Scientific American‘s John R. Platt is at it again. In October, he had a “myth-busting” column that purported to rebut criticisms of the Endangered Species Act. But as we explained here, his arguments responded to straw men or were illogical. The reality is that the ESA is an imperfect statute that is in desperate need of reform. Its rigidity is a relic of a bygone era and woefully ill-suited to the complicated tradeoffs inherent in the process of choosing which species to protect and how.
Mr. Platt’s most recent column continues this pattern by ignoring the full costs of the ESA and making broad assertions of its merits without justification.
The U.S. federal and state governments spent just more than $1.7 billion to conserve endangered and threatened species under the Endangered Species Act (ESA) in fiscal year (FY) 2012 (from October 1, 2011, to September 30, 2012), according to an accounting recently published by the U.S. Fish and Wildlife Service (FWS). That’s up from $1.59 billion in FY 2011 and $1.45 billion in FY 2010.
There are many different ways to look at these numbers, but here’s one that may put them in some perspective: the U.S. human population stood at 314, 542,177 at the end of FY 2012, according to the U.S. Census Bureau. The ESA expenditure of $1.7 billion translates to just $5.40 per person.
Of course, that’s still only a fraction of what’s truly being spent to conserve all these species. … But all the same, with a pretty high success rate of preventing species from going extinct, the ESA works out a decent bang for your buck.
Any armchair logician would recognize that this conclusion does not follow from the premise. The analysis completely ignores all of the impacts on industry and the costs to property owners who have to forgo their right to use and develop their land because of the presence of a protected species. The amount that the federal government spends on species protection tells us nothing about these costs. But one can’t say anything about whether the ESA is a decent bang for the buck by considering only a fraction of its total costs.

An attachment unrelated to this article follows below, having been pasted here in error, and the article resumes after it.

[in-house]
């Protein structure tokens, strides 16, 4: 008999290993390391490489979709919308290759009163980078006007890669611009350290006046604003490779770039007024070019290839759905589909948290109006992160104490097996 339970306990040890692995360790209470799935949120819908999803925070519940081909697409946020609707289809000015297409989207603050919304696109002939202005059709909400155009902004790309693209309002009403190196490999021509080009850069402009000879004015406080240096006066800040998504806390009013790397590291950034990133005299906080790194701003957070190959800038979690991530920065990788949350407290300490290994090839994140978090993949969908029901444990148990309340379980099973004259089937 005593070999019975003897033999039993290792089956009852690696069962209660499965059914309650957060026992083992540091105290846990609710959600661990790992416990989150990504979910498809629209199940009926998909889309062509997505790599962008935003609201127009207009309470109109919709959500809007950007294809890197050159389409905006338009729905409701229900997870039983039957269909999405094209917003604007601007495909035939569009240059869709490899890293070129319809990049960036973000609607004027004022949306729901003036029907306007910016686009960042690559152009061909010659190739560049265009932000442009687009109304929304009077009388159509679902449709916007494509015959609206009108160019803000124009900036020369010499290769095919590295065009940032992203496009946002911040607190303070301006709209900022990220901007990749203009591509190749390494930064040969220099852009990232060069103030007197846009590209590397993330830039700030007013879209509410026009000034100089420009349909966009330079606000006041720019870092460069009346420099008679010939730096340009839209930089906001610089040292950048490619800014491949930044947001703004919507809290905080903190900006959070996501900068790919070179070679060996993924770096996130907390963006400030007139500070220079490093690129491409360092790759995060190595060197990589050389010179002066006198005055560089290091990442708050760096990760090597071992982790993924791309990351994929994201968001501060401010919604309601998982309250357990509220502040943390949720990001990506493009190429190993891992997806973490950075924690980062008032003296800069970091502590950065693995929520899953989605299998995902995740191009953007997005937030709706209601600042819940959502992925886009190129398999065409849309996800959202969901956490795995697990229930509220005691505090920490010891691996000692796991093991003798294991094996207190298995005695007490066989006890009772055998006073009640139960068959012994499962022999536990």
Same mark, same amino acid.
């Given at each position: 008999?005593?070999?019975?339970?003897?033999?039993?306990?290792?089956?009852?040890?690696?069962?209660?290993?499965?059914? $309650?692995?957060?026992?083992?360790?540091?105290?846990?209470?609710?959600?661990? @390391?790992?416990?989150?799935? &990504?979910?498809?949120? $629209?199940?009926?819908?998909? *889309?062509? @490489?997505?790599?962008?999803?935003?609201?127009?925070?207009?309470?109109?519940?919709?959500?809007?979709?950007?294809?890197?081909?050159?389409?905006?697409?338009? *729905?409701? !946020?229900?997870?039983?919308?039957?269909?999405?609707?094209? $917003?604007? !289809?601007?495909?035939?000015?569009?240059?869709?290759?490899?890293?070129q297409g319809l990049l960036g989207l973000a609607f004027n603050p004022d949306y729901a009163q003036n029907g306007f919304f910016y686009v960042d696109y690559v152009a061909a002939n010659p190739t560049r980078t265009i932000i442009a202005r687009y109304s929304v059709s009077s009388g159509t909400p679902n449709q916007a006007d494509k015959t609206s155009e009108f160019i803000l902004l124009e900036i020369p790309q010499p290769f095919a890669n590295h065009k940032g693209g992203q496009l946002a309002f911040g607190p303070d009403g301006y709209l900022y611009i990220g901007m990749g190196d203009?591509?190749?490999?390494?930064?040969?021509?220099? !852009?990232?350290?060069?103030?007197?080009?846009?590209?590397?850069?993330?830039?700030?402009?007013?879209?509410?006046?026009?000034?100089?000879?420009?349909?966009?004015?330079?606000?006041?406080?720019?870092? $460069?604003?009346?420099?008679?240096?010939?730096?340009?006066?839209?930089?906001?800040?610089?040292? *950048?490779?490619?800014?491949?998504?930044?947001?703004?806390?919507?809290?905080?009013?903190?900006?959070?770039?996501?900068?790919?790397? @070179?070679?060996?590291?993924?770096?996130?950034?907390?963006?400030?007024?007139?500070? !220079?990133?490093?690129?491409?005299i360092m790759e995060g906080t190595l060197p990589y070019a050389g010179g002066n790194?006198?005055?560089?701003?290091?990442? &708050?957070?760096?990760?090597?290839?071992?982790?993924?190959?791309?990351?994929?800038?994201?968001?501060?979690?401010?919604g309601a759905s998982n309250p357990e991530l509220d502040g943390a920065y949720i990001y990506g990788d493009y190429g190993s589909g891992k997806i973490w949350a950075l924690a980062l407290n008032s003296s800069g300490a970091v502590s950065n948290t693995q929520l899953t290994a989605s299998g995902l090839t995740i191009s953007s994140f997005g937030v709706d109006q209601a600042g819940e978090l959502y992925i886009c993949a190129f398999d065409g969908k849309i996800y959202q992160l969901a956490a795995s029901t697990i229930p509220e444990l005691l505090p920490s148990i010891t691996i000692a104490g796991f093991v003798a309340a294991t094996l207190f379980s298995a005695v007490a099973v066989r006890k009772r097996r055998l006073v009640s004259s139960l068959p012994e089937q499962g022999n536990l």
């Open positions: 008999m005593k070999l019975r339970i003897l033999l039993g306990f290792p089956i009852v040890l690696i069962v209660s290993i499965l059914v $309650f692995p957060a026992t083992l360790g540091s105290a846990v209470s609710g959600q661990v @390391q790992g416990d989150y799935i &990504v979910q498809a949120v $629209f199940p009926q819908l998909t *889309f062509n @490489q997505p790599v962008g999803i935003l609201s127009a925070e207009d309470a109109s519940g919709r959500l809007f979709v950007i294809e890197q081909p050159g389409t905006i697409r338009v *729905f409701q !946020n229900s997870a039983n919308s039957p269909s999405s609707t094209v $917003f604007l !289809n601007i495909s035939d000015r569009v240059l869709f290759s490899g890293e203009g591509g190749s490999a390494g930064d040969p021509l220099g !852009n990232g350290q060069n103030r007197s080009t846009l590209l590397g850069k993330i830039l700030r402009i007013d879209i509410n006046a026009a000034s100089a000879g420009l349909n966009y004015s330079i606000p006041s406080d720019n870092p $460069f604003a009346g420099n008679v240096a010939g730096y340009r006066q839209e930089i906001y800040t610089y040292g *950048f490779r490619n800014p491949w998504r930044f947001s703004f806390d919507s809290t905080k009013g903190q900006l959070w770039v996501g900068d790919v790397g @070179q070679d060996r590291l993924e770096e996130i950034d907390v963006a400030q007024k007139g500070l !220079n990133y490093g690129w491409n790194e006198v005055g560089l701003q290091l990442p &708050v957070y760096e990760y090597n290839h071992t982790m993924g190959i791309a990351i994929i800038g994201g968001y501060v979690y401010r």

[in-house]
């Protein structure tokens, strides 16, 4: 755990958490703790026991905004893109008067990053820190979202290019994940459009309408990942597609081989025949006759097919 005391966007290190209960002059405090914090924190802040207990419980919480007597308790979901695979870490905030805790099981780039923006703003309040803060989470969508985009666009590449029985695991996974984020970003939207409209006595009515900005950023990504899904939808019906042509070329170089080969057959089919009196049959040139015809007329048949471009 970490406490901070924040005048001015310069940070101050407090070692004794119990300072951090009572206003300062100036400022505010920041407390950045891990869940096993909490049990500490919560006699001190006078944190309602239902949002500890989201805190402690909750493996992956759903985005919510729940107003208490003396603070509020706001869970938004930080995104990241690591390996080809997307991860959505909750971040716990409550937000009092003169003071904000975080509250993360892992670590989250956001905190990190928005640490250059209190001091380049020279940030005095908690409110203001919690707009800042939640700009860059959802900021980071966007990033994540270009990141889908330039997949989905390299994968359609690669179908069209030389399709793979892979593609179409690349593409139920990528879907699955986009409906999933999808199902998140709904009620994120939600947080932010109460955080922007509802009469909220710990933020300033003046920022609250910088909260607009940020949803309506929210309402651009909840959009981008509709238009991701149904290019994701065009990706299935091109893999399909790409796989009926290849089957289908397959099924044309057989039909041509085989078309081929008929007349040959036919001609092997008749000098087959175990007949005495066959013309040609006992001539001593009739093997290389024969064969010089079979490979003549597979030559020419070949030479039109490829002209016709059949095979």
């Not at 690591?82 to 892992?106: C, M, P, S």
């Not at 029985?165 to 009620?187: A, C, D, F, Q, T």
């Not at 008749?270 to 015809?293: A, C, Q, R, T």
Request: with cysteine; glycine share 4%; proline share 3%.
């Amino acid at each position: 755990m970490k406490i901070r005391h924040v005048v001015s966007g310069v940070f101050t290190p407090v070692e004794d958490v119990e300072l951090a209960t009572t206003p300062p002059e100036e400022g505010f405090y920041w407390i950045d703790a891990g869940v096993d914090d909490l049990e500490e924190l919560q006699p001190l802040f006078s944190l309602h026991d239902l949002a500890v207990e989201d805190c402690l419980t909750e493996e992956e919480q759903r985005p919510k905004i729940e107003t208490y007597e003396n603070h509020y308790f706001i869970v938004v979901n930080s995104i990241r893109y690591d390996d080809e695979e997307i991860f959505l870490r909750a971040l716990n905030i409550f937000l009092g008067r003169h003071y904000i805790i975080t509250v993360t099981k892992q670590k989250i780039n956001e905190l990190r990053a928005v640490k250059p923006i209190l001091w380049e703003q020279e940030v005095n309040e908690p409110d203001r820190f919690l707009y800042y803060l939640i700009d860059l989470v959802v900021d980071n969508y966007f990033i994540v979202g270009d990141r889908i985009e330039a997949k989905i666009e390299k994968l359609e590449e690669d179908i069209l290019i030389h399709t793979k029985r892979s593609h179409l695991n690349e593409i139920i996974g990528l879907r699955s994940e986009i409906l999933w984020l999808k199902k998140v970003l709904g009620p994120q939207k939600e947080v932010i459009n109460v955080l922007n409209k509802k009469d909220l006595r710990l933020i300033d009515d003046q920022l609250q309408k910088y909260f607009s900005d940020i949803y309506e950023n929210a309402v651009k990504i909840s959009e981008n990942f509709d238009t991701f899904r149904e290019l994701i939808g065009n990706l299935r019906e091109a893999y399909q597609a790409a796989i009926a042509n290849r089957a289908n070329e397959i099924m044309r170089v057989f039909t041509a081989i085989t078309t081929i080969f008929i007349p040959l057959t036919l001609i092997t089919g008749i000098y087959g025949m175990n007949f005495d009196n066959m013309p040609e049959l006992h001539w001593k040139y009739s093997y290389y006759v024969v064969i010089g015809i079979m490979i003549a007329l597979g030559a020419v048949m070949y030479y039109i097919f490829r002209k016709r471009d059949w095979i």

Another, similarly serious error is the comparison of the total benefit of species protection to the “total” costs. You can’ t evaluate the cost effectiveness of a policy unless you consider the costs and benefits at the margin—whether the benefits of the last dollar spent justify that expenditure. As an illustration of why this matters, consider this example:
A city’s fire department takes $4 from each resident. With the first dollar, they fight fires, a service which the public values at $5. The remaining $3 are gratuitously destroyed.
Are the fire department’s actions “a decent bang for the taxpayers’ bucks?” Of course not! They would be much better off if the fire department only took $1 and let them keep the other $3. The column makes the same error. It considers only whether the net benefits of present levels of spending are greater than if the government did nothing. No consideration is given to the many alternatives to the current regime that could be tried, which might achieve similar or even superior results at lower cost.
This is no way to evaluate public policy. But, unfortunately, these errors are all too common, particularly in the realm of environmental policy.